Brotherly love

Players play down Finland-Sweden rivalry, but fans love it.

21.02.2010
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The Finnish fans would like nothing better than to see their Lions beat Tre Kronor. Photo: HHOF-IIHF Images / Jukka Rautio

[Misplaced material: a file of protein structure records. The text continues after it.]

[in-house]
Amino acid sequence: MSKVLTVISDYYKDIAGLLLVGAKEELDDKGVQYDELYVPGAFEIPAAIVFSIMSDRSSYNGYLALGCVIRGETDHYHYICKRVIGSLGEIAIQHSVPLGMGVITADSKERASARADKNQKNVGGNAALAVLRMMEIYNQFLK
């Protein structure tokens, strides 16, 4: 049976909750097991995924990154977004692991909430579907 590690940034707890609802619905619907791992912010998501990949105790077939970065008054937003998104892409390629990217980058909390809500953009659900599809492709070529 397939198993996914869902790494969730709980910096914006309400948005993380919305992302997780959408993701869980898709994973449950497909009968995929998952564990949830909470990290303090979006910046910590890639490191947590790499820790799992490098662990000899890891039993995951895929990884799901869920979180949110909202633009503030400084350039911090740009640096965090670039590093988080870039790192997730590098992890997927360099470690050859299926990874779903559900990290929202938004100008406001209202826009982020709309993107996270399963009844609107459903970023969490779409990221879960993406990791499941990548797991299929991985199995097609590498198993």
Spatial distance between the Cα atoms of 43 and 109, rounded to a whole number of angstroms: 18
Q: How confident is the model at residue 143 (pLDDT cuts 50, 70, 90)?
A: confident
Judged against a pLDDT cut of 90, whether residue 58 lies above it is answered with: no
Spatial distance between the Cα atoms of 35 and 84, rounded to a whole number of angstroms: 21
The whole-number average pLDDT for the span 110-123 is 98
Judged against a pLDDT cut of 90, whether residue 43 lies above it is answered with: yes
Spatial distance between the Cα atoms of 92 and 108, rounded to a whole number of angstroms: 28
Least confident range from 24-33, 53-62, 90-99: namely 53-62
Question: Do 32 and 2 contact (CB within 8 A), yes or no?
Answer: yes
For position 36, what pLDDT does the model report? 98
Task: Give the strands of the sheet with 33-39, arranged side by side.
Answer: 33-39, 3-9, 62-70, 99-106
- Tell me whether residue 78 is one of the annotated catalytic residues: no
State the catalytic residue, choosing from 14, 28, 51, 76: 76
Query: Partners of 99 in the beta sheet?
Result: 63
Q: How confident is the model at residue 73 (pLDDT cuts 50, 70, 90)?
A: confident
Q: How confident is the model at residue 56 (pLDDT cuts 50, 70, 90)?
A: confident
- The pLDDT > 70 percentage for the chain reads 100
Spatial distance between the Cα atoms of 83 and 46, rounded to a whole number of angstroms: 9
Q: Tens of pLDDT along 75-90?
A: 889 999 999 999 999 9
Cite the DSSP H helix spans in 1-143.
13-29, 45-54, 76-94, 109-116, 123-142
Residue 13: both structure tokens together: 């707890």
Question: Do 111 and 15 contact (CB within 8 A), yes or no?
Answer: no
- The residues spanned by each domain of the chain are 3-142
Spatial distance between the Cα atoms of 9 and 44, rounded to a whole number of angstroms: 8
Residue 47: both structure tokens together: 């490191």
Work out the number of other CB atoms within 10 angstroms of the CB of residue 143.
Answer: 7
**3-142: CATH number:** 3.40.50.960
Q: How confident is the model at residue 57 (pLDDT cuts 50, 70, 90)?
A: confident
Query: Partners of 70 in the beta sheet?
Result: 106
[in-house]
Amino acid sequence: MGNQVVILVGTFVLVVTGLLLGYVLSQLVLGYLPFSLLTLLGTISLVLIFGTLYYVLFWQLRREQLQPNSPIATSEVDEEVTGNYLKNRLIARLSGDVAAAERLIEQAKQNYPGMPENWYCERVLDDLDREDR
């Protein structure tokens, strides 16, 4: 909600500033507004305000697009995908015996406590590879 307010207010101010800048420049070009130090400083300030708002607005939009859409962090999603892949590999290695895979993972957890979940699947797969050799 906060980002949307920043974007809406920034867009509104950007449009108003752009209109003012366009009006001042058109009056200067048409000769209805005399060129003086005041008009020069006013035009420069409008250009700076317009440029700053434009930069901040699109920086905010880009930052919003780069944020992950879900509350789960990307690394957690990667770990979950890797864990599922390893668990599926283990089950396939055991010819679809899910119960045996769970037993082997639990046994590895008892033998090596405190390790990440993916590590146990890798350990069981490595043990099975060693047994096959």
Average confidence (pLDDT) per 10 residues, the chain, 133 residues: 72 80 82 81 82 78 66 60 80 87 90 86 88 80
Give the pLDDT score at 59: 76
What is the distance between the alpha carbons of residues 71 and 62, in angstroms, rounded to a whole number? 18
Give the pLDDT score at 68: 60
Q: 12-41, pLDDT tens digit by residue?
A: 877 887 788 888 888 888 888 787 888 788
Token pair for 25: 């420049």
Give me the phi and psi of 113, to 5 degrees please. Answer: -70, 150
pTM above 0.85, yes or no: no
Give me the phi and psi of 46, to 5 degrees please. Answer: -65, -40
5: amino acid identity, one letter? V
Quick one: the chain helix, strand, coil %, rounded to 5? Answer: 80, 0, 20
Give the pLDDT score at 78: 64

VANCOUVER – The rivalry between Finland and Sweden goes back a while. Say, a couple of hundred years, if you dig deep enough. Especially the Finns like to keep tabs on things going on in Sweden, continually comparing themselves to the neighbour in the west. In the last four decades, hockey has been the forum where the Finns have been able to really take on the Swedes. Hockey is a major sport, hockey has international reach. Hockey matters. And when Finland can give the Swedes a beating every once in a while in hockey, it matters even more. “We have a funny love-hate relationship with the Swedes,” says Teemu Selänne, who’s had his share of Swedes as teammates in the NHL. “Individually, I don't know one bad Swedish guy, but as a team, you always want to beat them. They're like big brothers, and you want to beat your big brothers. They're a great team and we know how many great players they have. That's why it's fun to play against them,” he adds. Jarkko Ruutu would even take the “hate” out of the relationship. “The 'hate' is more between the fans. We have many guys who've played with and against Swedes, but here it comes down to winning the game. We don't really have to look at it as 'hatred’,” he says. “It's a special game. It's a rivalry. We worry about our game and how we do things,” Ruutu adds. But in the stands, the game is a good time to talk trash. But since we’re talking hockey, and Nordic citizens, it’s all very cordial. Back in 2003, Sweden and Finland were pitted against each other in the World Championship quarterfinal, in Helsinki, Finland, no less. Hartwall Areena was packed to the brim, mostly with Finns. Sweden’s Mats Sundin gave Sweden a 1-0 lead, but then Finland took control of the game, taking a 3-1 lead in the first period. The score was 5-1 when the game was halfway through. The arena was boiling, people were singing, life was good. I sat behind the Finnish net with my brother-in-law, taking in the atmosphere. It seemed so unreal, because Finland hadn’t beaten Sweden in a huge game like that for a while and 5-1 was simply unheard of. Of course, eight years earlier, Finland had beaten Sweden in a World Championship final, but Finns themselves are quick to point out that the 1995 World Championship was played without NHLers, and the general idea of Finns always losing to Swedes dies hard. My brother-in-law zipped up his jacket to hide the yellow Sweden soccer shirt he was wearing that day. Because he's a Swede. “Well, at least you were here to witness hockey history,” I said at 5-1, “because you just saw Tommy Salo make his exit from international hockey.” Jocke, my brother-in-law, just grunted. Then Jörgen Jönsson made it 5-2. The arena was so quiet that we weren’t sure whether the puck had gone in or not, until we saw a lone Swede way up in the stands to the right of us stand up, and throw his arms above his head. Two minutes later, our personal goal judge jumped up again when Peter Forsberg made it a two-goal game. Jocke started to look a little more comfortable, the frustration had passed, and blood was flooding back all the way to his brain. Hope was still alive. “They’ll never blow this lead, not this time,” I said, referring to the fact that Sweden had, in fact, many times come from a two-goal deficit to win, or at least tie the game against Finland. Suddenly, the arena got very quiet again. What happened? Had the puck gone in? The Swede up in the stands was standing up, his arms up again. 5-4. My brother-in-law unzipped his jacket and revealed his true colors. Of course, then – in a game that Finns talk about as the “5-1 game” and Swedes as “6-5 game” – Forsberg tied it in the third, right in front of our (and Finnish defencemen’s) noses before Per-Johan Axelsson won it for Sweden with 4:56 remaining. End of game, end of tournament for the hosts, and almost the end of the story. As people were leaving the arena, my brother-in-law sat in his seat, still admiring his team on the ice, when three Finnish guys – big guys, biker guys with big bellies and leather vests – wanted to pass us. They saw Jocke’s shirt, and he saw that they’d seen it, so he stood up, and took a step backwards. All three stared at him. The first one stopped. Jocke glanced at me. The biker extended his arm, shook Jocke’s hand, looked him straight in the eye, and said, almost in a military manner, respectfully, “Congratulations”. The two others did the same and then they all walked down the stairs. See, it’s just a game. But always a good one. RISTO PAKARINEN

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